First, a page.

Performance-Based Cybersecurity Certifications: Discerning Capability
The cybersecurity field contains a professional charge like few others. Exploding into the commercial landscape over the last decade, the discipline finds itself in a perpetual state of flux. Subject to a myriad of definitions, many hopeful professionals and students know two things about cybersecurity: first, it is important; second, it is growing.
This trend is evident in the highest levels of corporate consciousness. A recent Forrester poll cited a 48 percent increase in executive awareness of information security. As a result, students and professionals worldwide are pursuing the vocation, while companies try hard to hire these professionals.
However, somewhere a disconnect has occurred in the training process because the people who have studied, prepped, certified and sacrificed for these skills and jobs are often deemed unqualified, unproven or unknown by hiring organizations. As a result, both the aspirational professional and the hopeful hiring organization are left wanting. This is underlined by the fact that one of the biggest hiring hurdles organizations face is finding people with the “right stuff.”
The same Forrester poll noted that 59 percent of cybersecurity organizations said finding employees with the right skills was either a challenge or a major challenge. Of those respondents, 59 percent felt keeping their cybersecurity team staffed appropriately was either a challenge or a major challenge. Thus, reinforcing findings of an ISACA/RSA survey State of Cybersecurity: Implications for 2016 that found 27 percent of respondents needed at least three to six months to fill vacancies.
This disruptive cycle of cybersecurity employment disappointment is a direct result of the current education and certification systems, churning out graduates and certificate holders who, while displaying gumption and interest, are rarely evaluated on the level that matters: hands-on performance.
True capability in the field of cybersecurity does not rest in the traditional certification or education process, but requires performance-based testing and evaluation in live environments. Only through directly assessing an individual under pressure and time constraints are organizations able to truly place their faith in new hires.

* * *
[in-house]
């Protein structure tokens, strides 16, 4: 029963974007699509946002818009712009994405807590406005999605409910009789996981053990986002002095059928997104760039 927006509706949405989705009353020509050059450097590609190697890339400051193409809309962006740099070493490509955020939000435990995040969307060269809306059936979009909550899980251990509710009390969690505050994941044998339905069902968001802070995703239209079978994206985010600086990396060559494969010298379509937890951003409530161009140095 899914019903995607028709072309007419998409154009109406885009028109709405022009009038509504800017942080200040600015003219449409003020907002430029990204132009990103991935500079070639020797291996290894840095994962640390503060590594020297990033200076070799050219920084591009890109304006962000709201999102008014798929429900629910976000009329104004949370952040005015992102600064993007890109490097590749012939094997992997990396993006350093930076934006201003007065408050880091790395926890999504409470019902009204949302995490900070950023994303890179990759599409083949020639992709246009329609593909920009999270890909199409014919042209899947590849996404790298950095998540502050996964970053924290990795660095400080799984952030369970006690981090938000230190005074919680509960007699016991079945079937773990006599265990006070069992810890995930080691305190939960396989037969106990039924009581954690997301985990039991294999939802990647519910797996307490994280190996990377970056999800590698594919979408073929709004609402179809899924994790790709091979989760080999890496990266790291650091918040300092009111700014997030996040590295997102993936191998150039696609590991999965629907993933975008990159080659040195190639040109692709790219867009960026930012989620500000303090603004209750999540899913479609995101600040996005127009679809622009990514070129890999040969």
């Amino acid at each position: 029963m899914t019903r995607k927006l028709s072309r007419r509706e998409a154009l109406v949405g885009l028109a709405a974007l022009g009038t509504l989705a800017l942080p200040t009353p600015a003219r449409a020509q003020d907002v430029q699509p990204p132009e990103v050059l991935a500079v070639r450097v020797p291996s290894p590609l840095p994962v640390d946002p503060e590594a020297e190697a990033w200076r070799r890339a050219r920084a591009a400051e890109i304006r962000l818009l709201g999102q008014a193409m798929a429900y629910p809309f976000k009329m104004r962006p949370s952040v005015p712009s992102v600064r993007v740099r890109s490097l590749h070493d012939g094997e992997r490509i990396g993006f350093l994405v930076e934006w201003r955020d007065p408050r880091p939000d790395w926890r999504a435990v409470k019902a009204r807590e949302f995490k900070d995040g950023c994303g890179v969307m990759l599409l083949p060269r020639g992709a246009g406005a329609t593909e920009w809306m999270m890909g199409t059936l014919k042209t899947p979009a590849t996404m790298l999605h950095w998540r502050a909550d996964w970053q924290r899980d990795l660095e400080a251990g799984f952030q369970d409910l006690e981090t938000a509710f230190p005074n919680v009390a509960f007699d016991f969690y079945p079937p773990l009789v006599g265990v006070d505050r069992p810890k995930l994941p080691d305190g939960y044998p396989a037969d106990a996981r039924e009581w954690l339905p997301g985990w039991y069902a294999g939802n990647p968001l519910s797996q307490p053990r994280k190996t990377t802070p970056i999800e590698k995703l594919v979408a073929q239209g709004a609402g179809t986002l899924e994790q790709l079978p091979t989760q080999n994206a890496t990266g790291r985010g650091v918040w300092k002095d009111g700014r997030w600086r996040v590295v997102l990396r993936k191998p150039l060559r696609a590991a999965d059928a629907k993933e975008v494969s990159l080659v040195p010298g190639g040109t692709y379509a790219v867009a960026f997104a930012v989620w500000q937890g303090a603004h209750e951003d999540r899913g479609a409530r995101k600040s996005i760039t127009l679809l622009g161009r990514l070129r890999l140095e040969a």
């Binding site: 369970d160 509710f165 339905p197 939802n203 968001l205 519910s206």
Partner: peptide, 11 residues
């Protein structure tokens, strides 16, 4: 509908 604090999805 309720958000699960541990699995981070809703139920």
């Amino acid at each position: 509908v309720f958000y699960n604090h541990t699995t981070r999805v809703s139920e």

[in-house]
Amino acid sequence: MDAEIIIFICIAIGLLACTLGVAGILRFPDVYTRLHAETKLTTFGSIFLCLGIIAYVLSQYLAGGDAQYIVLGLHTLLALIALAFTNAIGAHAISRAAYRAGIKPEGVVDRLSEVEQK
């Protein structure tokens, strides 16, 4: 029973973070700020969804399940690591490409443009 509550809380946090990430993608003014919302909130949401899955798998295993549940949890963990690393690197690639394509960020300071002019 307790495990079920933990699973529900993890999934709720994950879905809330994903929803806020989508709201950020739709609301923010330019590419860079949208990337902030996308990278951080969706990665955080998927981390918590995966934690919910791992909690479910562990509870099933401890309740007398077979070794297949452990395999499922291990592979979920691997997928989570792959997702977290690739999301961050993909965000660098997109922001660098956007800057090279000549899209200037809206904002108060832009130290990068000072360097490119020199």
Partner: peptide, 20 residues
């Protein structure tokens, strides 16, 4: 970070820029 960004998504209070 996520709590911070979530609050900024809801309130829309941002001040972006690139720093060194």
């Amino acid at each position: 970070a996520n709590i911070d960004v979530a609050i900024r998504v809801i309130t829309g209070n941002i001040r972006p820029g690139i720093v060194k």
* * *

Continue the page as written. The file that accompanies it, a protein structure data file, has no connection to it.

The Problem It is easy to see why a lot of cybersecurity job hopefuls are struggling. Traditional academic institutions offer advanced degrees in cybersecurity without ever dissecting a packet, instead providing curriculum heavy in policy and guidance. While no cyber education is complete without a thorough understanding of the laws that govern the realm, it is equally important that students learn the practical side of the craft.
Meanwhile, many certification programs that vaunt their technical aspects suffer from rampant test and evaluation corruption, wherein students purchase copies of the antiquated knowledge-based exams online, memorizing the answers and cheating the certification process. So it comes as no surprise when most organizations feel that only half of their cybersecurity applicants are qualified upon hire.
The Solution A cure is at hand: the Cybersecurity Nexus (CSX). CSX is a holistic, grassroots program—developed from the ground up—with real time evaluation of technical skills at its core. With three levels: Practitioner, Specialist and Expert, the program meets hiring organizations’ needs for new, proven talent.
Understanding that the greatest skills needs in cybersecurity organizations are skills in security operations, such as device configuration, policy maintenance and intelligence analysis, CSX provides students with consistent, live lab environments, which are accessible anywhere with an Internet connection. Additionally, CSX integrates all of the important governance and policy details of the cybersecurity field, both internationally with ISO and ISA compliance, as well as Cybersecurity Framework elements.
While this is helpful for students, the true value lies in the certification exam that requires them to identify and protect assets, detect and respond to threats, and recover from network incidents in a live environment. They are evaluated in real time, based upon their performance and effectiveness. The end result is competent, proven cybersecurity professionals who provide results on their first day.
Hope for Competence While the cybersecurity field matures and expands, it is important to remember that accurate evaluation of hands-on skills is the most effective way to assure that potential hires and aspirational professionals are able to prove their abilities. Through applying performance-based instructional and certification mechanisms, like those seen in the CSX program, organizations can feel confident that their new hires are applicable on day one and new employees can take solace in the knowledge that they have effectively proven their worth.
(About the author: Frank Downs is senior manager of cyber/information security at the ISACA. This post originally appeared on his ISACA blog, which can be viewed here).